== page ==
Normandy’s art legacy continues into today.
As the birthplace of Impressionism, Normandy’s importance to art cannot be underscored. It’s not hard to see why so many artists were drawn to this region of France, with its casual beauty. And that culture of art and craftsmanship continues today. From the artist enclave in Les Andeyls to the stonemason apprenticeship program in Rouen, there’s a high respect for the arts in Normandy.
Normandy has movie-set ruins.
As France started to rescue its ruins from destruction and decay, it was faced with a question. Do we restore the ruins completely or simply preserve them?
French historians decided not to attempt to reconstruct the visions of past glory. Instead, they’ve focused their attention on preserving ancient architecture in its current form, so as not to make any false assumptions about its original state. The result is some of the most fairytale-like ruins I’ve seen in Europe. The ruins of Jumièges Abbey are straight out of Lord of the Rings.
Every town in Normandy is more adorable than the next.
Normandy will present you with a conundrum. “Vernon is adorable… But maybe Les Andelys is cuter… No, Honfleur is my favorite!”
When you visit Normandy, every single town is so enchanting there’s the serious danger of cuteness overload. With timbered houses and bright colors, the French towns of Normandy invite you to take long strolls and forget about checking Facebook.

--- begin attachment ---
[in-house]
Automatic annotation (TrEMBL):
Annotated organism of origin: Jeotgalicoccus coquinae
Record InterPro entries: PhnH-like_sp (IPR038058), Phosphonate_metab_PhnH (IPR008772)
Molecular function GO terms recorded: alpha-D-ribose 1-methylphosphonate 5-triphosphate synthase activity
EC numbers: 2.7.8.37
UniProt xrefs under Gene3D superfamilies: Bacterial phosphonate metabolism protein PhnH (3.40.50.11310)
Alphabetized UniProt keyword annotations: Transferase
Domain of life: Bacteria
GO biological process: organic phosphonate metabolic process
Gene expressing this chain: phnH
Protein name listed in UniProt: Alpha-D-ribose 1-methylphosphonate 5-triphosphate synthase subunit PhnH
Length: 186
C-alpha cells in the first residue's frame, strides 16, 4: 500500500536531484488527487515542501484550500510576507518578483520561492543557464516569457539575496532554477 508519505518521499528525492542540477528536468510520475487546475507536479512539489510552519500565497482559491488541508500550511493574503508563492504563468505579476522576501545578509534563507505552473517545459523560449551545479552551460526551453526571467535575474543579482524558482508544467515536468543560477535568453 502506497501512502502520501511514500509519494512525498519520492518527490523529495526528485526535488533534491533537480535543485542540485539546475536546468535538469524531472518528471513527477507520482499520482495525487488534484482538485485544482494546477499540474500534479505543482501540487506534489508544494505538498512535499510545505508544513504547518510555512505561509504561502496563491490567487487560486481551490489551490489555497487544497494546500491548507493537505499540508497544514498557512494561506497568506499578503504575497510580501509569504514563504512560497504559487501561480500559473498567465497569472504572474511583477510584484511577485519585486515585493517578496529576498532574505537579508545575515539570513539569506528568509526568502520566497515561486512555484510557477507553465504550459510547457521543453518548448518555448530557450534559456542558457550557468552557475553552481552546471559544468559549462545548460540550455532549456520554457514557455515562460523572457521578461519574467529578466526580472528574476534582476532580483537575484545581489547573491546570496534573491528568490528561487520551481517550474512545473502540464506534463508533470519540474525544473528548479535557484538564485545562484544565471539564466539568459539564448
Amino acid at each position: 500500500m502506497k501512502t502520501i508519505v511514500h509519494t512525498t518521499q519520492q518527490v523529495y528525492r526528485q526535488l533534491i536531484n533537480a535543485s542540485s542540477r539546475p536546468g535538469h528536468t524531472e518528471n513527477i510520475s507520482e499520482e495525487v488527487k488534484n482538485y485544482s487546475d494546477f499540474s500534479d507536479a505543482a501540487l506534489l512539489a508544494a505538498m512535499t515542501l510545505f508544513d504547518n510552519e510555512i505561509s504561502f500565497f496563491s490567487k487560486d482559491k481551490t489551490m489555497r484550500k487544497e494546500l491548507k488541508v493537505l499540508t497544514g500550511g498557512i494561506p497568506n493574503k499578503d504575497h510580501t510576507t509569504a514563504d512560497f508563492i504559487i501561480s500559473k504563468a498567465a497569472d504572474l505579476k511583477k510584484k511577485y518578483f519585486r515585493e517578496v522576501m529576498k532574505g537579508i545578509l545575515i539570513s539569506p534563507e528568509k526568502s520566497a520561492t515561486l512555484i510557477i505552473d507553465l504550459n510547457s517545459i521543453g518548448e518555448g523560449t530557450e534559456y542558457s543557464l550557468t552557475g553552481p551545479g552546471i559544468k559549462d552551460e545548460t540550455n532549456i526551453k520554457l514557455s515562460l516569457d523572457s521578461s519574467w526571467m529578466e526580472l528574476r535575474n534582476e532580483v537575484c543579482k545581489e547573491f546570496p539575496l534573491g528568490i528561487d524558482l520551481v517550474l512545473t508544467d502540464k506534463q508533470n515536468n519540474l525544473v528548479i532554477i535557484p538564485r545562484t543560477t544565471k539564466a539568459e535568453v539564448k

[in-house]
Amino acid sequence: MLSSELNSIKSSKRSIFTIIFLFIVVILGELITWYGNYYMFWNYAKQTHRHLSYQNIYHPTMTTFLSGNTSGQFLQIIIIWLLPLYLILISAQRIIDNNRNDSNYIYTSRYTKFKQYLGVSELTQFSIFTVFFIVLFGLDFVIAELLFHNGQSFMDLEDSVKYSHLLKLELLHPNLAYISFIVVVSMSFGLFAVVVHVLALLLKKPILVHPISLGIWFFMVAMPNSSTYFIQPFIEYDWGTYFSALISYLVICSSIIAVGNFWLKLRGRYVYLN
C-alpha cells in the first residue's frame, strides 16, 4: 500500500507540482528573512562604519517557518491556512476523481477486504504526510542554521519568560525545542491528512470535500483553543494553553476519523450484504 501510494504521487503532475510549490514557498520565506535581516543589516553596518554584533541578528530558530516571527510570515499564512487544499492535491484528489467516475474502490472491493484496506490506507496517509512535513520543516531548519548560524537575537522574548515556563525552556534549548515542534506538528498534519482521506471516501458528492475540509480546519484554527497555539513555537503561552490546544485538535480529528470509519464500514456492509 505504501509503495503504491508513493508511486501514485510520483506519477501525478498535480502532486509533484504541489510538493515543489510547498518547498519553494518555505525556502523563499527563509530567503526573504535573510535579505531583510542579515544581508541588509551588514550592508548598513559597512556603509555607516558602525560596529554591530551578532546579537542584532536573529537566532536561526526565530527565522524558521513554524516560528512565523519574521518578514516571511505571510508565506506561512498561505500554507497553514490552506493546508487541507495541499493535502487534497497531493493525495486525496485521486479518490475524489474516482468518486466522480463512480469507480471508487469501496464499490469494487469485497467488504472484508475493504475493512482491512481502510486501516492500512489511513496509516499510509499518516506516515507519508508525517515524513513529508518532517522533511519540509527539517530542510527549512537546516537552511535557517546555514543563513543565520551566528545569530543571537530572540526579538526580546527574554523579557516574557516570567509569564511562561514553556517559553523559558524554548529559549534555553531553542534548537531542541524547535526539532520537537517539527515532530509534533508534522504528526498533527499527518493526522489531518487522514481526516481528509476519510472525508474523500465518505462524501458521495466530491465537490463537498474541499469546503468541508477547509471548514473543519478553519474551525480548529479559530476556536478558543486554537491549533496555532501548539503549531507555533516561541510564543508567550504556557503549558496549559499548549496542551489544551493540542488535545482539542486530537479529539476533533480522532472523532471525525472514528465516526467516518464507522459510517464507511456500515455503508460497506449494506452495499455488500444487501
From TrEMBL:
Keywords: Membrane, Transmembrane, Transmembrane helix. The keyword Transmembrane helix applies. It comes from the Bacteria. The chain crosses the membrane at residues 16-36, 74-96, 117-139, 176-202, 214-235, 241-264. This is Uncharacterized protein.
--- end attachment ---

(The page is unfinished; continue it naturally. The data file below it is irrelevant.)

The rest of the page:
Honfleur did finally win out to be my favorite town of our trip. It was picturesque from every angle, complete with a tiny harbor, a mini carousel, and a mime act (that we actually stopped and watched for a good ten minutes. The things we do on vacation that we never do at home!). Since the moment I got my first glimpse of Honfleur’s charming houses, I started plotting my return.
Normandy’s local products are my favorite indulgences.
Normandy is famous for their apples – and also their apple products. Calvados, an apple brandy, is sipped, mixed, and poured over ice cream. The apples are also used to make a variety of ciders, which pair well with Normandy caramels.
Also, Normandy’s signature cheese, Neufchatel, is typically made in the shape of a heart. Because if you haven’t realized it by now, Normandy is freaking-adorable.
Normandy locals might be the most welcoming in France.
The only French phrase I really know is “fermer la bouche” which literally translates as “shut the mouth.” I learned it from our middle school French teacher when we were being too rambunctious.
Despite the reputation of French speakers and their fierce attitude towards tourists, I found nothing but hospitality and compassion from Paris to Honfleur and back. I stumbled along with “bonjour” and “merci” and I was, at the very least, tolerated – and sometimes even indulged.
Normandy has all the pastries.
We might have had a personal quest to find the best éclairs in Normandy. We did our best, but our mission remains unfinished. I guess I’ll just have to visit Normandy again soon to continue the inconclusive research.
Think it’s too difficult to visit Normandy? Think again! You can take a train from Paris to Rouen, the region’s capital, and be there in about an hour! Visiting Normandy from Paris is a great way to add an extra dimension to a trip to France!